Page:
The bill calls for increased federal investments and outreach to support the institutions and diversify the STEM domain.
The House of Representatives passed legislation to make STEM education and research funding more robust and accessible to students at tribal and historically black colleges and universities, as well as at minority-serving institutions, or MSIs.
The MSI STEM Achievement Act, introduced by Reps. Eddie Bernice Johnson, D-Texas, and Frank Lucas R-Okla., in September, passed by a voice vote Monday and moves to the Senate for consideration.
“The demographics of our country are changing and we must do more to address the underrepresentation of minority students in STEM to keep our workforce competitive,” Johnson said during her floor statement on the bill. “The time to act is now.”
Nearly 30% of America’s undergraduate population is enrolled in more than 700 MSIs across the country. According to Johnson, the act was developed based on recommendations from a recent report from the National Academies of Sciences that indicated that MSIs are “underutilized resources” that can help boost the nation’s technical workforce and that “the STEM readiness of students of color will have direct implications on America’s economic growth, national security, and global prosperity.”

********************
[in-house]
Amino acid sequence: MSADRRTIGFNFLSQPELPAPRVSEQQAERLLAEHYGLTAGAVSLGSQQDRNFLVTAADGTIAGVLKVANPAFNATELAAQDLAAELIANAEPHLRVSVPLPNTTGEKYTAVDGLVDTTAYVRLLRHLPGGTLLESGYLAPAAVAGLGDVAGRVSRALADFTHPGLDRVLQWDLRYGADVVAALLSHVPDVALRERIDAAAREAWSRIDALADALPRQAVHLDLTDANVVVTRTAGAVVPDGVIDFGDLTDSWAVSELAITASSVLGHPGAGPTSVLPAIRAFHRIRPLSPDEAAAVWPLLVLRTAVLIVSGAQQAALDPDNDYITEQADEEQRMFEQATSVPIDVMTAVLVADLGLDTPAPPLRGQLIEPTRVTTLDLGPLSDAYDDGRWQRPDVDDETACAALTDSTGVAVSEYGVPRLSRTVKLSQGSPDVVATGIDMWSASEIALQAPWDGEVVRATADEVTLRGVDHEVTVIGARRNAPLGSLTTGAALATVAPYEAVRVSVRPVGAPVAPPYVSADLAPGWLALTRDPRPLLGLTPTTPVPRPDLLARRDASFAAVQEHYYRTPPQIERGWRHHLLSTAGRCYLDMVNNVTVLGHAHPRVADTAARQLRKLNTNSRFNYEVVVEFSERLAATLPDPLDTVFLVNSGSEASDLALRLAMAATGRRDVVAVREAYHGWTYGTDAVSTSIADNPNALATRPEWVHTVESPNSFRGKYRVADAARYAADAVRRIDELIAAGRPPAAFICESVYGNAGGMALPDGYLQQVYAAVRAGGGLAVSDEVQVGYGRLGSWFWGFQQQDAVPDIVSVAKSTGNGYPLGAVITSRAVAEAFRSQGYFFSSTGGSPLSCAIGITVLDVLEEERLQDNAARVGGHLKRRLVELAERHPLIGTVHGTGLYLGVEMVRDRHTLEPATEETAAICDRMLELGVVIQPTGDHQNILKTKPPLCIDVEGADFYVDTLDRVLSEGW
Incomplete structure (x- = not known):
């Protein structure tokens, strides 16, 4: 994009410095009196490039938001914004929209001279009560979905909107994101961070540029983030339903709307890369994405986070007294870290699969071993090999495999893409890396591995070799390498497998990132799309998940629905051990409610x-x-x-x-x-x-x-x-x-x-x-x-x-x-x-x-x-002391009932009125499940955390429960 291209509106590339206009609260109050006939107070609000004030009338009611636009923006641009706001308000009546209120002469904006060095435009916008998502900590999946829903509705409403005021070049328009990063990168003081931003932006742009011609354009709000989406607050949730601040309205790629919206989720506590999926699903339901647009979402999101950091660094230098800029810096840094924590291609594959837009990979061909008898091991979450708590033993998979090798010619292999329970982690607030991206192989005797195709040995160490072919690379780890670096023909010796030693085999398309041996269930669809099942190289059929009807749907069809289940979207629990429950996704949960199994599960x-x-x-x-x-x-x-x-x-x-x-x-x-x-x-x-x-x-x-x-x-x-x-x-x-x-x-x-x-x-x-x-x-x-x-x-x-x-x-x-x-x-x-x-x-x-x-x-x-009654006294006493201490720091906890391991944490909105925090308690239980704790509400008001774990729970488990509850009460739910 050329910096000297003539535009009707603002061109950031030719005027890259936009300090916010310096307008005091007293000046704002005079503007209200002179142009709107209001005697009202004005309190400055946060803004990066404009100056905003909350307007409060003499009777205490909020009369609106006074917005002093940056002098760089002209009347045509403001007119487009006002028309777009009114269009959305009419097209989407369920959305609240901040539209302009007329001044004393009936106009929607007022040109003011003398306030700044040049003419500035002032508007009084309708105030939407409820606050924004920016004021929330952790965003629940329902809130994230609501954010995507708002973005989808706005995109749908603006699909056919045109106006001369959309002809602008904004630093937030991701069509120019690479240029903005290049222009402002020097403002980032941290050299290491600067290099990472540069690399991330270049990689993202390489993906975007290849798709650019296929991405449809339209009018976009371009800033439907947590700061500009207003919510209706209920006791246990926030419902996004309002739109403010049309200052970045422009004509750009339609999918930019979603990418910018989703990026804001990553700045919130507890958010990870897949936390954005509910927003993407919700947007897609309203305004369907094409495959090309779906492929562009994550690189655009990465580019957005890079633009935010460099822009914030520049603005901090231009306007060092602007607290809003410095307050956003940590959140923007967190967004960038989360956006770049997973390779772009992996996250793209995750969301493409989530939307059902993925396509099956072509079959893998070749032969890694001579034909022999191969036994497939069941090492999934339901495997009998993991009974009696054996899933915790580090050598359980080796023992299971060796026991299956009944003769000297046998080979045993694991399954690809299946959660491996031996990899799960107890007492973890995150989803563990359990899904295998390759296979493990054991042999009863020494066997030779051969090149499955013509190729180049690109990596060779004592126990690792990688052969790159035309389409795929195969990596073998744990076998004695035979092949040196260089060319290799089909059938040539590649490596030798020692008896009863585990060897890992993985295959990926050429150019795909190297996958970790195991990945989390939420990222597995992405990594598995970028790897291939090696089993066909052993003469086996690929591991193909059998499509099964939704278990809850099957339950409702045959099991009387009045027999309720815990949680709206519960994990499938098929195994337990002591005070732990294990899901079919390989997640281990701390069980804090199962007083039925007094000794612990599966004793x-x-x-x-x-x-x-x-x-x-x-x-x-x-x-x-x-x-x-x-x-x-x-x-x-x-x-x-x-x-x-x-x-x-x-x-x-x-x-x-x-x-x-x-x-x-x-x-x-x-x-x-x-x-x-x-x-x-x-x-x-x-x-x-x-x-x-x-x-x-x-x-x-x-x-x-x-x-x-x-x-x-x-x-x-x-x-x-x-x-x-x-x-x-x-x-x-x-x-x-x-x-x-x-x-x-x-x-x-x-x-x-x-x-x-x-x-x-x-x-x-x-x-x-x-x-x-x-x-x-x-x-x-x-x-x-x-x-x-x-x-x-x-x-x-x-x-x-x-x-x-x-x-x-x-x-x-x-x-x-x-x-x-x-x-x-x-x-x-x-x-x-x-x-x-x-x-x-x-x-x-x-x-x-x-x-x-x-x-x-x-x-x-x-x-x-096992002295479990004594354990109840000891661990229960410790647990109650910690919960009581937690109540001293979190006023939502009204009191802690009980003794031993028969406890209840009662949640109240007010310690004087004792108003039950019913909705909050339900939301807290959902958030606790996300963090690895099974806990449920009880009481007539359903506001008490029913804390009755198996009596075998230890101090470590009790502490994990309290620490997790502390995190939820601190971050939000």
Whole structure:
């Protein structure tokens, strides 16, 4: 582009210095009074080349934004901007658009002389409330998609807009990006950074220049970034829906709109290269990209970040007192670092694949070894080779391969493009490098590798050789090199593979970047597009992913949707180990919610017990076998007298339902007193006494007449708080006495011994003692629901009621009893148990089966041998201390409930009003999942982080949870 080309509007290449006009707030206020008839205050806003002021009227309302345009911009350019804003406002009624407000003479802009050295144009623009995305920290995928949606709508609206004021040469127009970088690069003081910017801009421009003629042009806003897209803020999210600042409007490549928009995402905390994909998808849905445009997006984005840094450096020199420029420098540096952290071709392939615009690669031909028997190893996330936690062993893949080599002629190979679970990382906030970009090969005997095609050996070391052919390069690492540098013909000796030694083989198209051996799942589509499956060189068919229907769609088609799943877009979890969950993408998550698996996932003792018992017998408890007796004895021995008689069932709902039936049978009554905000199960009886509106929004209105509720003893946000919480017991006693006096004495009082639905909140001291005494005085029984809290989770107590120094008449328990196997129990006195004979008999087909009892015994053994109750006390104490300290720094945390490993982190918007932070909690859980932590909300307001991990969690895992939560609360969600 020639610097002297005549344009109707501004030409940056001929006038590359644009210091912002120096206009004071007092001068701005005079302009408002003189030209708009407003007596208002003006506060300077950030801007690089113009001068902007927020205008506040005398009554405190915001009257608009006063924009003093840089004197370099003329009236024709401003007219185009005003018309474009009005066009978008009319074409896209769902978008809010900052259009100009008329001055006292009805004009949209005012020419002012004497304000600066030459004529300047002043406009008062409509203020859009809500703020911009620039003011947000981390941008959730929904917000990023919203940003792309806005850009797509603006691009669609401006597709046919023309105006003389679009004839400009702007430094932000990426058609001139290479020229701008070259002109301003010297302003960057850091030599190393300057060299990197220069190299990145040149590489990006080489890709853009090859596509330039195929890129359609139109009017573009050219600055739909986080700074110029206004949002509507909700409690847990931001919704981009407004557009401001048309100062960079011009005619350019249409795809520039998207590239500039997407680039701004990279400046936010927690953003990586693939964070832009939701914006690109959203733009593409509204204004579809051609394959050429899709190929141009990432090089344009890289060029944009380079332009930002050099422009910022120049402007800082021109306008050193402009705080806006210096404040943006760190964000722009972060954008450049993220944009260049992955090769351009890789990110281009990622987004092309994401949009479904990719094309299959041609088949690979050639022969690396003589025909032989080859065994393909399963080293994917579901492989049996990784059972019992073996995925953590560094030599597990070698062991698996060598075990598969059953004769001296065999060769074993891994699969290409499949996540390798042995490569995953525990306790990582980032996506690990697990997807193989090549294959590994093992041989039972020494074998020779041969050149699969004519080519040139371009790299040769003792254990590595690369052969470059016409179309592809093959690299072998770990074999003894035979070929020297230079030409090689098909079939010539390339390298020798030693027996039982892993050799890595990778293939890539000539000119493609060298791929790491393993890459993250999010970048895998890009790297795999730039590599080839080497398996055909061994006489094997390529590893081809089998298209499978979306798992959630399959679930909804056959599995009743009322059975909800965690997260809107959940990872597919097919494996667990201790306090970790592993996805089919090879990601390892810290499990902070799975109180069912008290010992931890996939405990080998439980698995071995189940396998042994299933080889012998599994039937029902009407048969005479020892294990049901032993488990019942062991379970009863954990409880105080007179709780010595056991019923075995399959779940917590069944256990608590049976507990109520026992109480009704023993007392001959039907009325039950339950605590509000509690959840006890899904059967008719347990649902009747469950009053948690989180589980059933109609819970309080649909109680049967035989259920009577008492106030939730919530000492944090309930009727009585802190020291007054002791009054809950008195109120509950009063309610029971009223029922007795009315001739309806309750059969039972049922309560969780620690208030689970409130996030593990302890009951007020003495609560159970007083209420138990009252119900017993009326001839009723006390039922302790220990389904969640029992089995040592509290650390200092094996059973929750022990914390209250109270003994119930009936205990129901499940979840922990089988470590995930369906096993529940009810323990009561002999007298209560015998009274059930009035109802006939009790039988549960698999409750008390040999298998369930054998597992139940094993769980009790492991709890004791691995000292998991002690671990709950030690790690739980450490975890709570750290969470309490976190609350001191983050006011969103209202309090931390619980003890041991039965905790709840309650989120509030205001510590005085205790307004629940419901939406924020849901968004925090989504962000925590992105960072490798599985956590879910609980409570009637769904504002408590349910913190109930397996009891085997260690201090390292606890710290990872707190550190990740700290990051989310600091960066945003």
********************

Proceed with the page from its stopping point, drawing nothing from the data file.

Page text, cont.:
The bill calls for increased federal investments and outreach to support the institutions and diversify the STEM domain. It directs the Government Accountability Office to create an inventory of competitive funding programs and initiatives from federal science agencies that are specifically targeted to minority institutions. The bill also requires GAO to make new recommendations to increase participation and enhance the institutions’ rate of success for competitive funding in the space. Under the legislation, the Office of Science and Technology Policy is also required to create “a governmentwide strategic plan and sustained outreach program to support STEM education and research at MSIs,” Johnson said.
If enacted, the act also mandates the National Science Foundation to study the triumphs and challenges MSIs face in contributing to the STEM workforce. On top of awarding more funding to MSIs, NSF would be directed to establish up to five MSI Centers for Innovation directly on college campuses to “serve as incubators to allow institutions of higher education to experiment, pilot, evaluate, and scale up promising practices.” To meet the needs, the bill authorizes $170 million to the NSF for fiscal year 2020 and $190 million by fiscal year 2024.
“If we are to continue to prosper as a nation, we must do more to diversify our STEM workforce,” Johnson said.